Conditions

Half Of HIV-Positive Gay And Bisexual Men Are Not Receiving Treatment: How The CDC Plans On Tackling This Problem

HIV
Although most are likely to receive HIV treatment upon initial diagnosis, few continue. photo courtesy of Reuters

The latest figures from the Centers for Disease Control and Prevention reveal the startling reality of HIV in America: Half of all gay and bisexual men infected with HIV are not getting the necessary life-saving treatment. Those who are taking the drugs are taking doses far below the necessary amount to keep the virus under control. Still, recognizing the problem is the first step toward solving it, and the CDC is currently working on ways to change this shocking number.

The diagnosis rate of HIV in America has dropped by 33 percent. Unfortunately, this good news is greatly overshadowed by the fact that only 42 percent of all gay and bisexual men with the virus have it “under control” with the proper medication, as revealed in the most recent CDC report. While 77 percent of gay and bisexual men who were newly diagnosed in 2010 received initial care, only 51 percent continued that care.

Drug treatment rates were the lowest with men under 25, with only 30 percent in this age category believed to be taking treatment, according to USA Today. “It’s unacceptable that treatment, one of our most powerful tools for protecting people’s health and preventing new HIV infections, is reaching only a fraction of gay men who need it,” said Dr. Jonathan Mermin, director of CDC’s AIDS branch, as reported by NBC News.

The reasons why so many gay and bisexual men do not seek the necessary care are complicated. Time reported that the reasons range from “cost to misperceptions about the toxicity of current drug therapies to the enduring stigma of HIV.”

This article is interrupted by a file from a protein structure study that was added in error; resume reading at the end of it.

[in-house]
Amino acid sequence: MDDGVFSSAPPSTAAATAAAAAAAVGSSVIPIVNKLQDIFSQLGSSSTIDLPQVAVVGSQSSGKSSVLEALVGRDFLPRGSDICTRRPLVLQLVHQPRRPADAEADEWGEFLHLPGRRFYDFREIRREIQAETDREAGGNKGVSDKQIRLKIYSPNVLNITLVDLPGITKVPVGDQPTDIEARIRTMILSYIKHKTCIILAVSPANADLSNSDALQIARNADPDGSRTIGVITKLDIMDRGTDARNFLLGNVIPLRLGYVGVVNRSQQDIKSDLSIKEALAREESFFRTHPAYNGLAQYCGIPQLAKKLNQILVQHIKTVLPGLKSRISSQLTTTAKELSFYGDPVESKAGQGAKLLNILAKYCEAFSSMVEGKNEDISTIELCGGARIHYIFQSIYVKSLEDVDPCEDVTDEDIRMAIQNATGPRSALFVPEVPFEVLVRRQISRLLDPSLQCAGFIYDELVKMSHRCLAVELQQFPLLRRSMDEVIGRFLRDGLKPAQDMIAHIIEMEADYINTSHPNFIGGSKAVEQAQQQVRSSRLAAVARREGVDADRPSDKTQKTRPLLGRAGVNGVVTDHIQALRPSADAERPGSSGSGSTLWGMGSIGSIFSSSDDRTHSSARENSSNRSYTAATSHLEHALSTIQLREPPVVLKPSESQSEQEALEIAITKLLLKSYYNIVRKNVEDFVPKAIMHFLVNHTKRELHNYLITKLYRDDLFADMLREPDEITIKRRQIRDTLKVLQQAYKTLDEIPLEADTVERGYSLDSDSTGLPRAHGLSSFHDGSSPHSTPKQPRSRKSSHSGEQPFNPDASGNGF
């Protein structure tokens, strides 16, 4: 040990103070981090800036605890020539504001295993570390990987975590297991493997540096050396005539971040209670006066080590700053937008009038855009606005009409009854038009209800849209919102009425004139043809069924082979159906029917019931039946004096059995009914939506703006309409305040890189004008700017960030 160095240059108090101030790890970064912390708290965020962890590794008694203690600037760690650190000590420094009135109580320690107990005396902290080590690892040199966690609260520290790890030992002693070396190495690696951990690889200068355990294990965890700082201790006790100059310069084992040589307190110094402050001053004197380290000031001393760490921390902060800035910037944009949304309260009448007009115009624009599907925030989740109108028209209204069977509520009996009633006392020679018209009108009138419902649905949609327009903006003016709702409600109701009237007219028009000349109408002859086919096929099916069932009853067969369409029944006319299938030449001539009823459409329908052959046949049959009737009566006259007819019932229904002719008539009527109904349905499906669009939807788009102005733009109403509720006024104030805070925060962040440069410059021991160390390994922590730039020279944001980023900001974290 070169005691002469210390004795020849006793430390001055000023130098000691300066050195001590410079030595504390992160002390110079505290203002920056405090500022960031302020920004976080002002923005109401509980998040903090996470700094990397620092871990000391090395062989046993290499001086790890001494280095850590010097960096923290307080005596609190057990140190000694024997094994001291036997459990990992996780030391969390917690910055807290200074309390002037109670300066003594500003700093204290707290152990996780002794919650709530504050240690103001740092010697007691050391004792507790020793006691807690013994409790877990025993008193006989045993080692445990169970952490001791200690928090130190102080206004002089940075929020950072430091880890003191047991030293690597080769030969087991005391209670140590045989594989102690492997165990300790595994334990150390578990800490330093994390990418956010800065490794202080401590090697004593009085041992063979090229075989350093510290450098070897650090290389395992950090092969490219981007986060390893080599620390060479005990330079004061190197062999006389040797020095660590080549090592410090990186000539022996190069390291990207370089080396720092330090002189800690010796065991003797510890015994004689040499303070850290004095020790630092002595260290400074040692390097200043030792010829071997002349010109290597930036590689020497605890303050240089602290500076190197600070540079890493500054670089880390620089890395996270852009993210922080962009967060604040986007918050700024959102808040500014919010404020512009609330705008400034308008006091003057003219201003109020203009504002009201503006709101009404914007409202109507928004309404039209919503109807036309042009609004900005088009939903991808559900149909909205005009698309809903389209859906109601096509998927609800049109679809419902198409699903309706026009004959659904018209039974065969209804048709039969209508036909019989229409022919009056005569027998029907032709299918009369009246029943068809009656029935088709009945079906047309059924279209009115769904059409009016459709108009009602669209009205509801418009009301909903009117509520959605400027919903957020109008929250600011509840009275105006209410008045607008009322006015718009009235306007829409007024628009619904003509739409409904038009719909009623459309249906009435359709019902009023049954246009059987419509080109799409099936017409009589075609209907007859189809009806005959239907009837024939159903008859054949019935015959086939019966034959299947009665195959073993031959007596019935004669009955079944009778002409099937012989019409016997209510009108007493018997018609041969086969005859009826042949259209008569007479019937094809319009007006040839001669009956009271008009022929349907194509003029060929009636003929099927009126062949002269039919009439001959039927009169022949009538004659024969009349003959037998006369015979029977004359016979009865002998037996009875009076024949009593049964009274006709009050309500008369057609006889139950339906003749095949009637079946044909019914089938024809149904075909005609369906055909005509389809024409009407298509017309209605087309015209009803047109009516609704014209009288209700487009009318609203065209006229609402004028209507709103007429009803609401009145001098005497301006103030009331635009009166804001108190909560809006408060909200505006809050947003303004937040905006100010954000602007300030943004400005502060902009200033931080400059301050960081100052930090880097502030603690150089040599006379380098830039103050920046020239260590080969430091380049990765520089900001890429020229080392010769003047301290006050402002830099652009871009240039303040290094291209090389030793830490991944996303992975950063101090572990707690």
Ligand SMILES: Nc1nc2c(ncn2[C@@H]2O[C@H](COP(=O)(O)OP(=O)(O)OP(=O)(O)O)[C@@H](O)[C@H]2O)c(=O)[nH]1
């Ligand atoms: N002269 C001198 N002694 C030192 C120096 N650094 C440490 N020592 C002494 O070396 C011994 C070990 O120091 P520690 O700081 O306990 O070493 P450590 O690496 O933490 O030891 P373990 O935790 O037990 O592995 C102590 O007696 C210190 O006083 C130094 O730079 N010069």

Marxavian Jones, a representative for public health area eight HIV Planning and Prevention group of Alabama, shed a bit of light as to why so many men choose to forgo treatment. He told Medical Daily his own personal experiences as an HIV-positive man before moving to Alabama: “In Mississippi, once you get diagnosed with HIV, you’re pretty much on your own. No one ever told me where to go for treatment, no one ever told me what the outlook of living with the virus would be like. I made the conscious decision that I was not going to be receiving any treatment because I felt that it was hopeless.”

As reflected by the results of this survey, serious changes need to be made in order to inspire more men to take HIV suppression medication. “To stop this epidemic, we know that we have to stop these disparities,” Dr. David Purcell, deputy director for behavioral and social science in the CDC’s Division of HIV/AIDS Prevention, told BuzzFeed News in a interview. The disparities, as revealed in the recent poll, show a world where older, white, and heterosexual men are likely to receive treatment while younger men of sexual and ethnic minorities with the same virus are not.

With stigma being one of the biggest reasons for many men to refuse treatment, the CDC is working on ways to help “normalize” HIV. “The stigma associated with the virus in our community, even in our church we want to act like it doesn’t exist, but it does exist” Jones said. “You feel you’re marginalized, you’re nasty you’re going to be judged.”

In the AIDS Blog, the CDC revealed some of its newest stigma breaking initiatives, one of which is the launch of a national awareness campaign, Start Talking. Stop Aids. This campaign, aimed at the youngest generation, aims to not only reduce the number of new HIV infections, but also educate those already infected on the newest medical options now available to them.

The campaign’s motto of “Your life matters and staying healthy is important” will hopefully inspire more young men to put aside their reservations and receive the medical treatment that they so desperately need. “If someone is HIV-positive, we want them to do everything they can to stay in care, because treatment matters,” Purcell said.

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